When Hernan Cortes arrived in what is now Veracruz, Mexico, he was greeted with open arms. He was a greedy foreign invader determined to accumulate as much wealth from the indigenous people as he could, yet because of what the Aztec religion told them about the birth of a white, bearded deity called Quetzalcoatl, Cortes was allowed to have open access to the empire and thus the ability to destroy it. In this way religion facilitated the destruction of the Aztec empire but not just because Cortes looked like an Aztec god. His religion also gave Cortes’ army a far greater advantage in the fact that without religion they would not have had the technology to cross the Atlantic and reach the Americas, conquer the Aztecs, or become a dominant force in the world. Throughout history religion has been a driving force that has unified the technology of a civilization with both positive and negative impacts.
On the first day man created religion, and then he rested. On the second day man created other men to interrupt religion, and those men were given great power over a society. Religion, as an aspect of the culture of a society, has had such a great influence on what is developed because it was able to be a focus for all activity. Those who were deemed to be in charge of religious practices and rituals were looked up to and more importantly listened to, even to a greater extent than the rulers, which they were often themselves. They were able to organize all scientific effort and technological development for one specific purpose, whatever that might have been, and it would all be under a single control. This was important because instead of having ten different people all working on different projects a society could get all the great minds and coordinate them to work towards one goal. This was the case even more so than the development of government because in most cases religion, as a whole, was even more powerful than any one ruler.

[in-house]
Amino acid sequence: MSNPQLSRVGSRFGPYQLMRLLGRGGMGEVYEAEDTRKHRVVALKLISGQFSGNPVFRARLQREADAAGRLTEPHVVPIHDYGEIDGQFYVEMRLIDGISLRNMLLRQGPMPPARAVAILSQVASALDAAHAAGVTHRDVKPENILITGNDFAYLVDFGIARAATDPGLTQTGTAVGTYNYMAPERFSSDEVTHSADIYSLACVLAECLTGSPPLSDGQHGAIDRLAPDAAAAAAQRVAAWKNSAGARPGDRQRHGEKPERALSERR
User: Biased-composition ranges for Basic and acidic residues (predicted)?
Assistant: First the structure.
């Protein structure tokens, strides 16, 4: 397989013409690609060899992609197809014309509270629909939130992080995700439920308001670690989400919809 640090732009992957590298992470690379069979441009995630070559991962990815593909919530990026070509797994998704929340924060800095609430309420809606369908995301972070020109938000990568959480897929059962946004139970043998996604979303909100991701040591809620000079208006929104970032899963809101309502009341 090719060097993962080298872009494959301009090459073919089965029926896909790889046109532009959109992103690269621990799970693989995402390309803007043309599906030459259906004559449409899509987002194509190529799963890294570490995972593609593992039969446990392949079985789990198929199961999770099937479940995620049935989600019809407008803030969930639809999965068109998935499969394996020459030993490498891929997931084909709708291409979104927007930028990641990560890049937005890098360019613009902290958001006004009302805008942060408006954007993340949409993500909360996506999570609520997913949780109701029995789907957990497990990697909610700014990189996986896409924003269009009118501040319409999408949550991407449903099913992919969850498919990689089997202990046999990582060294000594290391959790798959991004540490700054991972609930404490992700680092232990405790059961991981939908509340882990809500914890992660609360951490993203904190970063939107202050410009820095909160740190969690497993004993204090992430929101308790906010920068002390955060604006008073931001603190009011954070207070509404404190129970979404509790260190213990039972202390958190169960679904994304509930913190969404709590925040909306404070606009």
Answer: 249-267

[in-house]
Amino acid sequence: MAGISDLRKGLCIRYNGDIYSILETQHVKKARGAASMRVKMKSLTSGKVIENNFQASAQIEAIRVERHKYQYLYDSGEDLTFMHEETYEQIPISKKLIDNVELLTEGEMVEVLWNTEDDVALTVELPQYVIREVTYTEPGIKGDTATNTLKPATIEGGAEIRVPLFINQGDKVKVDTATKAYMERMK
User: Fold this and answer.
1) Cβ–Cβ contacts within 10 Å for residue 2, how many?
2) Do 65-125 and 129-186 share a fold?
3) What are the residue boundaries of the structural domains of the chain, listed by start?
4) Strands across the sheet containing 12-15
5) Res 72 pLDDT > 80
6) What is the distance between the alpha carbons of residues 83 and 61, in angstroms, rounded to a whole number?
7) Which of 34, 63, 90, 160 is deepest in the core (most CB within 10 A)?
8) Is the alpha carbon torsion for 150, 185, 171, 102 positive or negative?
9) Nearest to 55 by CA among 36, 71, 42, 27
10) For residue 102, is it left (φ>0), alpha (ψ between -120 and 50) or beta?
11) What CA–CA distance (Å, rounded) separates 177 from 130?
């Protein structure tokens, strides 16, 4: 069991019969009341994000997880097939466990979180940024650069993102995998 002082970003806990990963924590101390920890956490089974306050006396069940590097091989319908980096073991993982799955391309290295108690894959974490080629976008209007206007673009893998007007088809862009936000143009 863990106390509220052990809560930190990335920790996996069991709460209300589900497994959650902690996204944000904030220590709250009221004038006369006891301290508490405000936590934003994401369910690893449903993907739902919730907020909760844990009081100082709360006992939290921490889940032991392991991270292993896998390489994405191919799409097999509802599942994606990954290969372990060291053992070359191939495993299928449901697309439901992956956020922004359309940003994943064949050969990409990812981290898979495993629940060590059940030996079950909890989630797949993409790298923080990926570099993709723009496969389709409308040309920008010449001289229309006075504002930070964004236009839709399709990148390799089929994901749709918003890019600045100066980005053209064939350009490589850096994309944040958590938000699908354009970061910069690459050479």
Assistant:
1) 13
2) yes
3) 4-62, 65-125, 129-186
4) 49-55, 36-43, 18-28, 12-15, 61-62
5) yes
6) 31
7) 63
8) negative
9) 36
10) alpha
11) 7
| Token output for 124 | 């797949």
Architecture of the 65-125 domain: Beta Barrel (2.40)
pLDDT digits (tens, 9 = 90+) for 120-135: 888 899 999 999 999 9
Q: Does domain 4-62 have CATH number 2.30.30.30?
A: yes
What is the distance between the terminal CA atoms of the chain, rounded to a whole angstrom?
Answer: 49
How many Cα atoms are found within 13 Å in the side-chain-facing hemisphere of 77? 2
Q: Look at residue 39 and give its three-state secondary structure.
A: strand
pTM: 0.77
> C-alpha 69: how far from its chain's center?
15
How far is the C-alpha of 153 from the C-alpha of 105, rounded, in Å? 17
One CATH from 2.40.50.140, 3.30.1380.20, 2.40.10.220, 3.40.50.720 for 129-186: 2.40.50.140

The positive ways in which religion has brought about new technology and advances within a civilization have to do with worshiping or trying to understand the gods that they believe in. Some of the greatest examples of this are found in the field of astrology. From the Egyptians and the Greeks, to the Celts and the Incas, religion fostered the desire to understand the heavens. What arose from this was a plethora of tools and machines to better view, record, and measure the phenomenon that they observed and equated with the gods. The Greeks created complex models and instruments for measuring and predicting cosmic events. Aristotle, Hipparchus, and others developed whole concepts, like the geocentric model of the universe, around what they believed Zeus created. Likewise the knowledge and effort that went into building Stonehenge was enormous, and it is widely considered to be a place of worship and a way to tell time by means of the stars.
In all cultures there is a desire to believe that there is a purpose, which can be explained by religion. There is also a desire to understand that religion and therefore the world around them. If the priest tells you that a god made something a certain way then maybe by better understanding how that something works you can better understand, and become closer to, the god.